Sundarbans in peril: interlinkages between science and society for addressing climate change

This year’s UN Climate Change Conference (COP26) will be held in Glasgow in November. In the lead up to the conference, we’re asking our editors and authors to share their research at the interface of climate and ecology. In this post, Associate Editor Punyasloke Bhadury explains why protecting ecosystems is a priority not just for nature, but for society. Sundarbans, the world’s largest continuous mangrove … Continue reading Sundarbans in peril: interlinkages between science and society for addressing climate change

Connect the dogs: A framework to inform countrywide connectivity conservation of India’s wild dogs

Conserving threatened species requires taking a landscape or regional scale approach to maintain connectivity among populations. In a new study, Rodrigues and colleagues propose a framework for informing countrywide connectivity conservation for large carnivores, focusing on the endangered Asiatic wild dog in India. Why conserve connectivity? The increase in human footprint and rapid changes in land-use patterns threaten the existence of several endangered species. Recent … Continue reading Connect the dogs: A framework to inform countrywide connectivity conservation of India’s wild dogs

Time to integrate global climate change and biodiversity science-policy agendas

This year’s UN Climate Change Conference (COP26) will be held in Glasgow in November. In the lead up to the conference, we’re asking our editors and authors to share their research at the interface of climate and ecology. In this post, Nathalie Pettorelli (ZSL) explains how the conference presents a clear window for developing coherent policy frameworks that align targets across the nexus of biodiversity … Continue reading Time to integrate global climate change and biodiversity science-policy agendas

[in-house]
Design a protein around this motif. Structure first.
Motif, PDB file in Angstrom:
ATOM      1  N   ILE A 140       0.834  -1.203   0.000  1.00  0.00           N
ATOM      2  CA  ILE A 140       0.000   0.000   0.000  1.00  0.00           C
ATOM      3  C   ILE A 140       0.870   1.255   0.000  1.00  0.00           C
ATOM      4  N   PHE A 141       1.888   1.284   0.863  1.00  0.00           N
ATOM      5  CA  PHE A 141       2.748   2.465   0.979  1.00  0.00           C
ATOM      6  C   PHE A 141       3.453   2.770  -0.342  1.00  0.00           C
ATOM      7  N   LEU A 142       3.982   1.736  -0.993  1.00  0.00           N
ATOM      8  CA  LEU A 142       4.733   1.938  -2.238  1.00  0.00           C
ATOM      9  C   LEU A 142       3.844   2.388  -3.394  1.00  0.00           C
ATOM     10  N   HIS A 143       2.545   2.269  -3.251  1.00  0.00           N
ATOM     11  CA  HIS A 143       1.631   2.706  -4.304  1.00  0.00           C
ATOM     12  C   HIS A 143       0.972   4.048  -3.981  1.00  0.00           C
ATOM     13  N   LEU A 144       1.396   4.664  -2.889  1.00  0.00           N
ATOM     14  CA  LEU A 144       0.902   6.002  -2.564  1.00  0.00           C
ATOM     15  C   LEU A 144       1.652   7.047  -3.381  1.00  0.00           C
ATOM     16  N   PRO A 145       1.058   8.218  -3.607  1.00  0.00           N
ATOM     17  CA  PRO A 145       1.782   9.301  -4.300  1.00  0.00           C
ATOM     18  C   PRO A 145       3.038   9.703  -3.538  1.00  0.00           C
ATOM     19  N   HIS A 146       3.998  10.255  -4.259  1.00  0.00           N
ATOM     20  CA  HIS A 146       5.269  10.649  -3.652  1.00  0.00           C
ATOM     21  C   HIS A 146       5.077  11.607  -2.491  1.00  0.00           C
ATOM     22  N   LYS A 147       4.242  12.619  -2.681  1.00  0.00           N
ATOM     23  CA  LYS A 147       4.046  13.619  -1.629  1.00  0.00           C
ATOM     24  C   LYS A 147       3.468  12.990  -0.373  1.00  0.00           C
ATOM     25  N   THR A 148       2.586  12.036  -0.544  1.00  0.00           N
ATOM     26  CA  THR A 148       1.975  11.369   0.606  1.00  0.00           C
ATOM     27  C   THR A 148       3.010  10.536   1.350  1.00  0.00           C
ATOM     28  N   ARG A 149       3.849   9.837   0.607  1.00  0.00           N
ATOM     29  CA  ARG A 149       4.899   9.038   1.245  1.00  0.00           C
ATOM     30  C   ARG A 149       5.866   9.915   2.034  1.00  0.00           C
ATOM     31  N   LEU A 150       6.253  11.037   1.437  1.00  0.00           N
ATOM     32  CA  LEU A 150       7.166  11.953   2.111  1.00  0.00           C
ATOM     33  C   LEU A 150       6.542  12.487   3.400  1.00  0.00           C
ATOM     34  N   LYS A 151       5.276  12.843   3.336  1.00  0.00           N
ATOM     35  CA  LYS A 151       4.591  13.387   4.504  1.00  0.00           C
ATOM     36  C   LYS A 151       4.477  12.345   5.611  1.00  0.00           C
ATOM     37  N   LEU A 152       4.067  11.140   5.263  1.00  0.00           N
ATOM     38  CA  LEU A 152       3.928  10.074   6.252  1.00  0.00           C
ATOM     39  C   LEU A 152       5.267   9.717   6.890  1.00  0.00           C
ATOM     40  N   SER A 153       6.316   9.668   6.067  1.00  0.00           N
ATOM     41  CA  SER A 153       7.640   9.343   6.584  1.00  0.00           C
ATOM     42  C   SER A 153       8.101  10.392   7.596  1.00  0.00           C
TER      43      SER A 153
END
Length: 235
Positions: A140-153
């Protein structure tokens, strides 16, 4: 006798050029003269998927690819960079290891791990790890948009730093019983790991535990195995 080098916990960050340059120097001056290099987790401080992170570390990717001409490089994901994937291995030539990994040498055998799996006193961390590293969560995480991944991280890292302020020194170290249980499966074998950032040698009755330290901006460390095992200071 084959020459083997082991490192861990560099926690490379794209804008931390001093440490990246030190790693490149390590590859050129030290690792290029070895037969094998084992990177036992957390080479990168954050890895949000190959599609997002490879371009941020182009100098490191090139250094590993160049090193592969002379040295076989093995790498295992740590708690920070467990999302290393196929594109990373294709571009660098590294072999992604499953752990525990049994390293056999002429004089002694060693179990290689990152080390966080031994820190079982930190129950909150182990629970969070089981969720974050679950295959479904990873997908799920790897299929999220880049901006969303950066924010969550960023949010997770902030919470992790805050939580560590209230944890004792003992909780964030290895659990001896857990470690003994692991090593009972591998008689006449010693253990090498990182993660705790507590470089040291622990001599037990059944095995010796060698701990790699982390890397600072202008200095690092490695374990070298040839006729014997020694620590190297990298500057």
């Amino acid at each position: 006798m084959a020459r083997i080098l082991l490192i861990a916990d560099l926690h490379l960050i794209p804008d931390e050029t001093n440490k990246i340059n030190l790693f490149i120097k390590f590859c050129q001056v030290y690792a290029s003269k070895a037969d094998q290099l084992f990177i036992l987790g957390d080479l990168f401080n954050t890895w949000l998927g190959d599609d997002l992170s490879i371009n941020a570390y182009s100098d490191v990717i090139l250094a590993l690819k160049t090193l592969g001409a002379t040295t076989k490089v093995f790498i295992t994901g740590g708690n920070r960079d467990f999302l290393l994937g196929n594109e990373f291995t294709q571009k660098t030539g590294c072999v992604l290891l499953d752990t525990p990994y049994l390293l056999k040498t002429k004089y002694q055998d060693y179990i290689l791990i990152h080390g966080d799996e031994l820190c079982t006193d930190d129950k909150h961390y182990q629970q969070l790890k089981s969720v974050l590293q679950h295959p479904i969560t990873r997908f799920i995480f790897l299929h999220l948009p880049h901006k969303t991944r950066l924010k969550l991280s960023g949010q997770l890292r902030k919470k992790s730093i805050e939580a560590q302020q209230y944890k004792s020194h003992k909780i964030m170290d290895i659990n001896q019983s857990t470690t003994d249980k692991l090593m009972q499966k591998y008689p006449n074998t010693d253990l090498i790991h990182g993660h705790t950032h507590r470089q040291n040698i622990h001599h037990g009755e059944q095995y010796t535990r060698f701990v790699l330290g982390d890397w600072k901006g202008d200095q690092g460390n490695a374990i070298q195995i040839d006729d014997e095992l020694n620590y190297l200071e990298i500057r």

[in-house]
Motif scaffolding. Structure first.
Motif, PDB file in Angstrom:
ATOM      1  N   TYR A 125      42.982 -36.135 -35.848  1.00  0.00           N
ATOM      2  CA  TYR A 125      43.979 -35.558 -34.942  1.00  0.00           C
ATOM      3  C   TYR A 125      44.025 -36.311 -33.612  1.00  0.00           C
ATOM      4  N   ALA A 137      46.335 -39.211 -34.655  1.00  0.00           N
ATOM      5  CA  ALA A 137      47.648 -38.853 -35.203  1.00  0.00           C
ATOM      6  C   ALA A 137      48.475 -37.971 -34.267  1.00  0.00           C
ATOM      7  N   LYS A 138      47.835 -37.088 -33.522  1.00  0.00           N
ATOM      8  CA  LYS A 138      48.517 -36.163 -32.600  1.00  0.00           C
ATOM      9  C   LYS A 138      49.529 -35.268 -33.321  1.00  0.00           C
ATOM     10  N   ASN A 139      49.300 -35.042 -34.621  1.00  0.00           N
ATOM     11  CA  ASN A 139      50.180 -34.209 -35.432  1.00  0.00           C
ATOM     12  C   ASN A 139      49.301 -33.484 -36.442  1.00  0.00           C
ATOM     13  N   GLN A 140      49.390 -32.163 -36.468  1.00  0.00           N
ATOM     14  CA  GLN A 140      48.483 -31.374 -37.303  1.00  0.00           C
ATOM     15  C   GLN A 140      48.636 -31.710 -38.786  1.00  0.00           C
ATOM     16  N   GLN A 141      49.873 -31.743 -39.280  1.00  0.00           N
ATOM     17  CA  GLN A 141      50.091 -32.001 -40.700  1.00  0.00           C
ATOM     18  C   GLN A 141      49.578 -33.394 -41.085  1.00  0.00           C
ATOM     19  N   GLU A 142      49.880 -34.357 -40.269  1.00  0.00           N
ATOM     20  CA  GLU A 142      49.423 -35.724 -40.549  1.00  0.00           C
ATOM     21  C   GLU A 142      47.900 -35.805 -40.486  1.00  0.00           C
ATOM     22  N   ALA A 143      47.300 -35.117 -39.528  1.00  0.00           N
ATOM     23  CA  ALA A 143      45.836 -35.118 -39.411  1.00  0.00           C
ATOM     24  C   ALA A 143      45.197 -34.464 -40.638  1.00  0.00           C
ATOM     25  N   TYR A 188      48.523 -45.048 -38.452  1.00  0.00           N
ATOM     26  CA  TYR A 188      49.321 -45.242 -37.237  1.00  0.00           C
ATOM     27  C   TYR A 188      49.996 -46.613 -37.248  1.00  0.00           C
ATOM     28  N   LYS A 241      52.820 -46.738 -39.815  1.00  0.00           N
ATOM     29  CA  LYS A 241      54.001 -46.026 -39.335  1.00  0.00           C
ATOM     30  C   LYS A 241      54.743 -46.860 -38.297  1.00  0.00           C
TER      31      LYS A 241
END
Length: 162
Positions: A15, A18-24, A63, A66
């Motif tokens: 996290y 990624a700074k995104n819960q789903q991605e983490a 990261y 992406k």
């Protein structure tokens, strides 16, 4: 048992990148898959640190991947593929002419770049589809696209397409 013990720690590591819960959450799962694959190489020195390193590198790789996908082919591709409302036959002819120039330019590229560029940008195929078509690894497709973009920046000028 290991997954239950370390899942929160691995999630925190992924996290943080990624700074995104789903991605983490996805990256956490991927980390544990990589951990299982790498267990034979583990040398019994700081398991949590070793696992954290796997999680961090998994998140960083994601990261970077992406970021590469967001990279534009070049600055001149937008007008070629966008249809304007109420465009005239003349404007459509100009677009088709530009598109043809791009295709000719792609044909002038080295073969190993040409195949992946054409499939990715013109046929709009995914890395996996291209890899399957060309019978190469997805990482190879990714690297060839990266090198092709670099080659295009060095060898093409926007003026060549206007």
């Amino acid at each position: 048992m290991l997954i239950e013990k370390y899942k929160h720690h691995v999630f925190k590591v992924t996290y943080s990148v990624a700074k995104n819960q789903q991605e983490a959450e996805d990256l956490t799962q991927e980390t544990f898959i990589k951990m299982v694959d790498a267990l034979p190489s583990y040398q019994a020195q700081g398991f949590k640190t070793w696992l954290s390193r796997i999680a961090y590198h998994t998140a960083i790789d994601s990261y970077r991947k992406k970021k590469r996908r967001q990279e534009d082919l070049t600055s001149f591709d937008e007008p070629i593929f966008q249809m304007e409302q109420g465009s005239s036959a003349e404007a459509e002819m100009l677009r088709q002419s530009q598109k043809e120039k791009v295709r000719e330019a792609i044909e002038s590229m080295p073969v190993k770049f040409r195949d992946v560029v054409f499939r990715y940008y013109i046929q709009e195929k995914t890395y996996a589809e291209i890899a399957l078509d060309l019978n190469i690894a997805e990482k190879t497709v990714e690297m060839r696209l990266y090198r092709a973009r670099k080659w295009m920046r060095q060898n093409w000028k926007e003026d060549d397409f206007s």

Research stories: the power of participatory research

Lead author Rachel Aronoff recalls her discovery of Hackuarium, a community laboratory, whose study on lake water quality demonstrates how meaningful environmental monitoring can be achieved with participatory research. It was late in 2015 when I first encountered Hackuarium and its ‘biohacker’ members while organising a biosensor course in collaboration with several of its members – I had never seen anything like it. Who were … Continue reading Research stories: the power of participatory research

Tracking data can provide a data-driven approach for high seas conservation

A new Policy Direction by Davies and colleagues showcases a candidate high seas marine protected area (MPA) in the Northeast Atlantic, identified primarily from seabird tracking data, that is being taken forward under a regional process: the North Atlantic Current and Evlanov Seamount (NACES) MPA, under the OSPAR Commission.  The high seas are international waters beyond any country’s jurisdiction. Although out-of-sight, beyond 200 nautical miles … Continue reading Tracking data can provide a data-driven approach for high seas conservation

Rewilding old fields: why additional effort is needed to restore wildflowers